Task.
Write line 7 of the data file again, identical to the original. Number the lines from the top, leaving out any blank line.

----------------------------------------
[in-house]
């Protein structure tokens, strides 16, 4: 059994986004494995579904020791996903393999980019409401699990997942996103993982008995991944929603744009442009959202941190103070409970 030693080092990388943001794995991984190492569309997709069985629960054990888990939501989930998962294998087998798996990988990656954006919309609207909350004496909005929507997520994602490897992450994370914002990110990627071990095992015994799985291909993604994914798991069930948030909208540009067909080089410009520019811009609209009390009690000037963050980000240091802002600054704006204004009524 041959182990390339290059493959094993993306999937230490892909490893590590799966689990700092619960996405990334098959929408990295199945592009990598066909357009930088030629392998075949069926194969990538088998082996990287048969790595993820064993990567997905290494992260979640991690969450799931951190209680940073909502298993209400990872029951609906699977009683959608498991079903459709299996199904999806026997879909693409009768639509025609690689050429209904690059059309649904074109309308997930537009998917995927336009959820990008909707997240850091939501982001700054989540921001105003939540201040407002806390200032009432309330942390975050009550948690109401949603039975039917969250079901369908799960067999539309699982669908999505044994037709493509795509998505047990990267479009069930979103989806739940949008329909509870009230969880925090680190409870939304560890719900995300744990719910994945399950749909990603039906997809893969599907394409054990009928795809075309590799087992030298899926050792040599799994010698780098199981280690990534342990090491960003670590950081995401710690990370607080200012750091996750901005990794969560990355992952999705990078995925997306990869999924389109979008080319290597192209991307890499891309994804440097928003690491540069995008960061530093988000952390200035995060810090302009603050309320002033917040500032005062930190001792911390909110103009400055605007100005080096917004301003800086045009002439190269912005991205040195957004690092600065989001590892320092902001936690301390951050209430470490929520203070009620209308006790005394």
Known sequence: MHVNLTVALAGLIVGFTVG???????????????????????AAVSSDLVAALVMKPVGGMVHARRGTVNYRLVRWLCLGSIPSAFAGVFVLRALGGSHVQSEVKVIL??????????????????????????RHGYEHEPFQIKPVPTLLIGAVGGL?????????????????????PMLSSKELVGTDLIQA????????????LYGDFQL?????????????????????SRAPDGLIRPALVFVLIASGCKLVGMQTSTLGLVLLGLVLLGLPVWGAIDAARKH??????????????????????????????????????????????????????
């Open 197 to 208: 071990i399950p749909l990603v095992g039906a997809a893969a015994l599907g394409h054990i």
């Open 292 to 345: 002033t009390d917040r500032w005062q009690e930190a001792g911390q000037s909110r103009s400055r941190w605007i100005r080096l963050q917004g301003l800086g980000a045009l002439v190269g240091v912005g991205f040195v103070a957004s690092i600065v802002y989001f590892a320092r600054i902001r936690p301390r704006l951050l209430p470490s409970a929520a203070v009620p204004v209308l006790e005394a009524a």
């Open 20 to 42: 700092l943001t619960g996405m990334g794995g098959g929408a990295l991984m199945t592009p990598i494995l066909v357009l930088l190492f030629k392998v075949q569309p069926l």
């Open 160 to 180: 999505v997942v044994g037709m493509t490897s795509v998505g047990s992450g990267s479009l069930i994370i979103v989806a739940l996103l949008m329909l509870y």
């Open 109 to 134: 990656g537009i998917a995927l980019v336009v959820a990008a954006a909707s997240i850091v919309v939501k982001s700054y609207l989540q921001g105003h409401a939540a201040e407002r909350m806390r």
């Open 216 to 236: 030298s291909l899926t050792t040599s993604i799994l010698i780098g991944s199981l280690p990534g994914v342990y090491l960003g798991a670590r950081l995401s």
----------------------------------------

């Open 160 to 180: 999505v997942v044994g037709m493509t490897s795509v998505g047990s992450g990267s479009l069930i994370i979103v989806a739940l996103l949008m329909l509870y």